When adding multicultural pieces, avoid stereotypical costumes or pictures that promote inaccurate details of people from other cultures. For example, men in Germany don’t walk around wearing lederhosen every day. It is also critical to show people in various roles. For example, books and pictures that feature females as doctors, mechanics, and pilots and show male nurses, stay-at-home dads, and dancers are just a few ideas!
Look at Art
Art is a fantastic tool for teaching diversity. Art allows children to travel through time and space and to see how other people and cultures express themselves. Different cultures use different mediums to create art, and exposure to art encourages children to be creative and expressive. Trips to art museums are great but not always realistic for young kids.
There are many excellent books on art for kids, or you can look up famous art online and scroll together! When you view artworks with your child, ask them what they think the art is about; what’s the message? If your child enjoys creating art, make a gallery or album of their artwork. You can take pictures of sculptures, or other 3-D art created that you might not be able to keep or place in an album and add to their art album.
Expose Them to a Foreign Language
A foreign language is ideal for exposing children to culture and diversity. The younger a child is, the easier it is for them to learn a second language. Don’t worry if you don’t speak a second language; there are videos, songs, and apps that help children learn a foreign language. When children learn about another language, they, in turn, will learn about another culture.
Label items around the house in both English and the second language of your home using index cards or sticky notes. Read books that use words in a foreign language and watch foreign language videos designed for kids on YouTube.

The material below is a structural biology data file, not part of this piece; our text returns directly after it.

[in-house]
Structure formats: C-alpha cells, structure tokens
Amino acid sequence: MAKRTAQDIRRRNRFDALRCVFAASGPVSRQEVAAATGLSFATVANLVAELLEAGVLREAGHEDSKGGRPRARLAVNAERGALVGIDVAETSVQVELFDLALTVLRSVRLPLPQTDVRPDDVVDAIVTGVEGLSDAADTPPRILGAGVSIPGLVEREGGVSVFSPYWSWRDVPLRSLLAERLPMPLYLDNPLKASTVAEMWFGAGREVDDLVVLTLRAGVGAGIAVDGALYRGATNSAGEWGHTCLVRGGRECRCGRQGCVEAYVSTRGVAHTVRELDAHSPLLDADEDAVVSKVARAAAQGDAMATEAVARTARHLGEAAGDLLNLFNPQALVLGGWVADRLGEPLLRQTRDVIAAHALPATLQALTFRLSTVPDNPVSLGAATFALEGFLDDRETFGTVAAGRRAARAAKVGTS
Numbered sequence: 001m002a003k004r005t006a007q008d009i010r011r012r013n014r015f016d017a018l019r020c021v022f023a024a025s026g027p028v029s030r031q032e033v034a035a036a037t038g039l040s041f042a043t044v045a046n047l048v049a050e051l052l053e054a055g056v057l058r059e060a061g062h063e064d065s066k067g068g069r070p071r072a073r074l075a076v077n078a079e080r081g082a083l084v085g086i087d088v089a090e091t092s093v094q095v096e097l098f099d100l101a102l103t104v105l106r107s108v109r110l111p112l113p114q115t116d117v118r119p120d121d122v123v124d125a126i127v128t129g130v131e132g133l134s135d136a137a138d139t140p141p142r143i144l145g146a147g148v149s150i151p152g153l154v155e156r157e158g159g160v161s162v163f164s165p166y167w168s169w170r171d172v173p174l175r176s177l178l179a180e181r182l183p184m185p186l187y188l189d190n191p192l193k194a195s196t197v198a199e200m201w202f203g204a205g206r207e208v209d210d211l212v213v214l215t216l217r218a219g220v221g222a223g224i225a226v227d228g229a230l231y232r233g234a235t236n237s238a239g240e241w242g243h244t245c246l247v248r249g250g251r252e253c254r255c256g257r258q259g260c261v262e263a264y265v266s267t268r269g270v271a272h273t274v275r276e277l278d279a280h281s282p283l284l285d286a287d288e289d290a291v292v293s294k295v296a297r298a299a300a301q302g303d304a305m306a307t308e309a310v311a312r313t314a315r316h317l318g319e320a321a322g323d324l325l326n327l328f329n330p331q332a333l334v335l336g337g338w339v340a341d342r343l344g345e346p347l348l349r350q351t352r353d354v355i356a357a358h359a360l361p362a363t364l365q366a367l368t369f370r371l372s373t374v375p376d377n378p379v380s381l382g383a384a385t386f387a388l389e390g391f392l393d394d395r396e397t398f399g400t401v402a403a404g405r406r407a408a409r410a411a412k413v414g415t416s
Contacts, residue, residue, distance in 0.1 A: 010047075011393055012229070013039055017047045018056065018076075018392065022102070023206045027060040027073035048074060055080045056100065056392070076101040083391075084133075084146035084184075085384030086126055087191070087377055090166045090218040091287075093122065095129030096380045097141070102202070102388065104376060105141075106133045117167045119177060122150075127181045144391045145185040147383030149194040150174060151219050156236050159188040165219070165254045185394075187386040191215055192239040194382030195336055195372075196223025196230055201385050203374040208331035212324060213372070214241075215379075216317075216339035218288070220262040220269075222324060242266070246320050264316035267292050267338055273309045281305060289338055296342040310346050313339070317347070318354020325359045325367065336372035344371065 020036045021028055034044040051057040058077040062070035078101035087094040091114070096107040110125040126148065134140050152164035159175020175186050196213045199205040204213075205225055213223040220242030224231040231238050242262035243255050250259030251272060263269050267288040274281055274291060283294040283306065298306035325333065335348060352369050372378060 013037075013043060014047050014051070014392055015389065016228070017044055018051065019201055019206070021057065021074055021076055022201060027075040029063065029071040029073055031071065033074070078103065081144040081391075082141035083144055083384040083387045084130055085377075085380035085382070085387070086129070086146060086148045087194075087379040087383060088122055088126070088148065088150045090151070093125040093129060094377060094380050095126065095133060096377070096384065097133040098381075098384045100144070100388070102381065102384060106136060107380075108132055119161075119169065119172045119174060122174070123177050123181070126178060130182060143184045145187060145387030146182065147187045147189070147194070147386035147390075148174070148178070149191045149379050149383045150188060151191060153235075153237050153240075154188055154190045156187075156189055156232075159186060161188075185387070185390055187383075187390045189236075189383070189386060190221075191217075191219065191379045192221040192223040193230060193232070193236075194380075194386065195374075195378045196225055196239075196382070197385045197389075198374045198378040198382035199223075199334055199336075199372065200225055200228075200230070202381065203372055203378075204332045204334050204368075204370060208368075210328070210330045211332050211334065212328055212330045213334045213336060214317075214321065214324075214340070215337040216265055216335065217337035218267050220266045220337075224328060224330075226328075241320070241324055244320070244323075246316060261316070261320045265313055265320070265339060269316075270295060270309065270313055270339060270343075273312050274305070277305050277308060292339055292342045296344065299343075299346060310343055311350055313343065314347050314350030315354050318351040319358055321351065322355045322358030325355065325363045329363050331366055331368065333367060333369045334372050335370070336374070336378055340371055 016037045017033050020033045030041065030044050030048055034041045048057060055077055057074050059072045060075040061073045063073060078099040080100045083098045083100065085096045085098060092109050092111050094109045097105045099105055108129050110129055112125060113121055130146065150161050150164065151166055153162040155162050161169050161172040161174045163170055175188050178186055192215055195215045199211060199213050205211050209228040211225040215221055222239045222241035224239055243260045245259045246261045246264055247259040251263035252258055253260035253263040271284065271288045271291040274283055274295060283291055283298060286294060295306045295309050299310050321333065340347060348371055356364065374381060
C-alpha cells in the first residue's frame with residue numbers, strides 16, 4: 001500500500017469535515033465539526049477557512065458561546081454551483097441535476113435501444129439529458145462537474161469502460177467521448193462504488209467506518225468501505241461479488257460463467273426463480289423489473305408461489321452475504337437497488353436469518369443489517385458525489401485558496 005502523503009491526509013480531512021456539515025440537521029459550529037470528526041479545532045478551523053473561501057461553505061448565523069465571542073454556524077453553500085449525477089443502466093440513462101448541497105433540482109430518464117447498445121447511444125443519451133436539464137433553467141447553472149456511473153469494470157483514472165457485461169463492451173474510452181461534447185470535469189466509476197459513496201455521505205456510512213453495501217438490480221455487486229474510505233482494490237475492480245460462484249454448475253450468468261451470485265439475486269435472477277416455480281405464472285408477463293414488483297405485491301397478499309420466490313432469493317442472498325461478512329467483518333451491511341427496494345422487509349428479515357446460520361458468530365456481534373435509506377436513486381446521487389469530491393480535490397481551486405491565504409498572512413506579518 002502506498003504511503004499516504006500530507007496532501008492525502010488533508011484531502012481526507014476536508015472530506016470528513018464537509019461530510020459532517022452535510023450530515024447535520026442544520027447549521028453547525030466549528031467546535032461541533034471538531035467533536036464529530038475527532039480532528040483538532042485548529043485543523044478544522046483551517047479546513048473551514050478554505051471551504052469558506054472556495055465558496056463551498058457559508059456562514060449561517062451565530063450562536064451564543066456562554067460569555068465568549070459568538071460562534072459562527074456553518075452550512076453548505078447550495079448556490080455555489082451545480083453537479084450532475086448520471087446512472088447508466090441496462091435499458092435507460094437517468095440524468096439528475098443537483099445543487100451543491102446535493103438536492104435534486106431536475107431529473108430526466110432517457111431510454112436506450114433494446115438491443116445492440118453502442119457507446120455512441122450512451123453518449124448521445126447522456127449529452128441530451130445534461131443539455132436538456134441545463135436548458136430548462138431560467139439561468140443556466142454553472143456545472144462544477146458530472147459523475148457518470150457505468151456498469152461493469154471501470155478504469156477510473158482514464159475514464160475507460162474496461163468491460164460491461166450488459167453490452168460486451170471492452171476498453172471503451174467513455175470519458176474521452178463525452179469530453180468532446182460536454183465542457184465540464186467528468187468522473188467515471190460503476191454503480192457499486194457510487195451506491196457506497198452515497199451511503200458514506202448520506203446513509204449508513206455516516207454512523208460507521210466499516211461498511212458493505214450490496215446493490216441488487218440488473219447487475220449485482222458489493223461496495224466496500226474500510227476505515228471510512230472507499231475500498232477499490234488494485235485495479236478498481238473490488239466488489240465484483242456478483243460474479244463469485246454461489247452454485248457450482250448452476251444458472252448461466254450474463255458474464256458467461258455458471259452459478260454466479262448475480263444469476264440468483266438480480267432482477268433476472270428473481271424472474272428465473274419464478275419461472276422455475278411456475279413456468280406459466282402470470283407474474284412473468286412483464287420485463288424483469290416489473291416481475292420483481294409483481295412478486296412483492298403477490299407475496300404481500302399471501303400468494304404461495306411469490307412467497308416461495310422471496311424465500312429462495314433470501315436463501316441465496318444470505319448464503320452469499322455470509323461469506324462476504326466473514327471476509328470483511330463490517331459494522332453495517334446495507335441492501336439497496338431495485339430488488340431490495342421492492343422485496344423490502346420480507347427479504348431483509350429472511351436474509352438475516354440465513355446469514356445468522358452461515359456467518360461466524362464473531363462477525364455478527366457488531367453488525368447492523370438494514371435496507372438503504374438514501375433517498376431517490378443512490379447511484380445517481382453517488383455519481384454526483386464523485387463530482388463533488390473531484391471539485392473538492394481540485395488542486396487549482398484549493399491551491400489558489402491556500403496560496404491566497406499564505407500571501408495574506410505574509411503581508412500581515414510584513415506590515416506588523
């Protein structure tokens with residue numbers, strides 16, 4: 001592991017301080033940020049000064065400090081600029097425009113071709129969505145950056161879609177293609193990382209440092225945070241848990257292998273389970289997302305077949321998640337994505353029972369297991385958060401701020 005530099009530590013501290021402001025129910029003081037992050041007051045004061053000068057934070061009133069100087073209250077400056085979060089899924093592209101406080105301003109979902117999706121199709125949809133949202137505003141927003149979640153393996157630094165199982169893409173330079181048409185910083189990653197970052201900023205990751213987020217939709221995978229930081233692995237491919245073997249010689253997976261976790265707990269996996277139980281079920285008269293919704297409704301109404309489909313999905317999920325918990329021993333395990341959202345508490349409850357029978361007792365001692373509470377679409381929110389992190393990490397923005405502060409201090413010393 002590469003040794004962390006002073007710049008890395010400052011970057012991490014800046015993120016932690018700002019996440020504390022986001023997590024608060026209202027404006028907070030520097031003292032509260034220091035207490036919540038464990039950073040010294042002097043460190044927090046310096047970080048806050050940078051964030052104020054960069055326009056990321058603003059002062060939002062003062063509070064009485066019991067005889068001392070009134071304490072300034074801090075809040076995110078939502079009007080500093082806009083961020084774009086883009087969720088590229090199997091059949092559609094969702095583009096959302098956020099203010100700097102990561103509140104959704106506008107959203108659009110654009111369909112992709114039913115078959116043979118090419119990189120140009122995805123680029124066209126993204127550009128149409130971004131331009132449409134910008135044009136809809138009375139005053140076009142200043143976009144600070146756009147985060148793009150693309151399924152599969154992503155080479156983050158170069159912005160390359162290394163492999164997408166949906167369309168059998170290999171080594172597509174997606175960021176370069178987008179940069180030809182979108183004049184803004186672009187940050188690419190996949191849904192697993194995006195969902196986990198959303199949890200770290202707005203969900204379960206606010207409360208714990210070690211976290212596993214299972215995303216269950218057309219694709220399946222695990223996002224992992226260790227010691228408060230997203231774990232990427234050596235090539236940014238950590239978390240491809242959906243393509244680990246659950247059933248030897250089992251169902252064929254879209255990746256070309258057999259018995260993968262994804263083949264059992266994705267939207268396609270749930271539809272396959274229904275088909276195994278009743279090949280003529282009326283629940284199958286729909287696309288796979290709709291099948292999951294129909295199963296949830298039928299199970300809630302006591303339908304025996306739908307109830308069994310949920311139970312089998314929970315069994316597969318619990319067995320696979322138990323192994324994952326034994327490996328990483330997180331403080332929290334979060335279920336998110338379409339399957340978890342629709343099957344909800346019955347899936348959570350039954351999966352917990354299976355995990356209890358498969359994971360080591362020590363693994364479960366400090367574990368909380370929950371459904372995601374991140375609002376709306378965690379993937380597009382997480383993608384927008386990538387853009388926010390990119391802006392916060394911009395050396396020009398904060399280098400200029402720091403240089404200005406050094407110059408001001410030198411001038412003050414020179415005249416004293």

It is ok to discuss diversity. Some people shy away because they don’t know how to talk about it or want to treat everybody the same; treating everybody the same is good in theory, but we’re not all the same. Treating everyone with kindness, compassion, and respect is a must, but some people have different needs or wants based on their abilities, culture, religion, age, gender, language, dietary restrictions, etc. Lead by example and treat everyone you meet kindly and respectfully; your child will learn from you!
Young children have no filter and have no issue pointing out when someone looks, sounds, or acts “differently.” Instead of silencing your child, try acknowledging the difference and then let them know that people are all different, and that’s good! It can be embarrassing when your three-year-old yells out, “That man is fat!” But it is also a learning opportunity. “Yes, I see that man; his body is different from yours or mine. That’s ok. All bodies are different.”
If you don’t have an answer to their question, for example, “Why doesn’t that woman have a leg?” you can say, “I don’t know. Some people are born that way, and sometimes, they have an accident or an illness. There are many reasons a person may not have the same body parts you do.”
If a difference frightens your child, someone with burn marks, scars, missing limbs, a developmental disability that changes the way a person looks, etc., acknowledge their feelings and then reassure them. Most children live in a tiny bubble, and once they start interacting with people who are different, it can be scary or uncomfortable at first. However, the more you allow them to express their thoughts and feelings, and the more you delve into diversity with your child, the more empathy and understanding for others they’ll develop.
Additional Ways of Teaching Diversity
- Play with maps and globes
- Get a PenPal
- Visit Museums – in person and virtually
- Attend live music, dance, and theatrical productions
Updated February 23, 2024, by L. Elizabeth Forry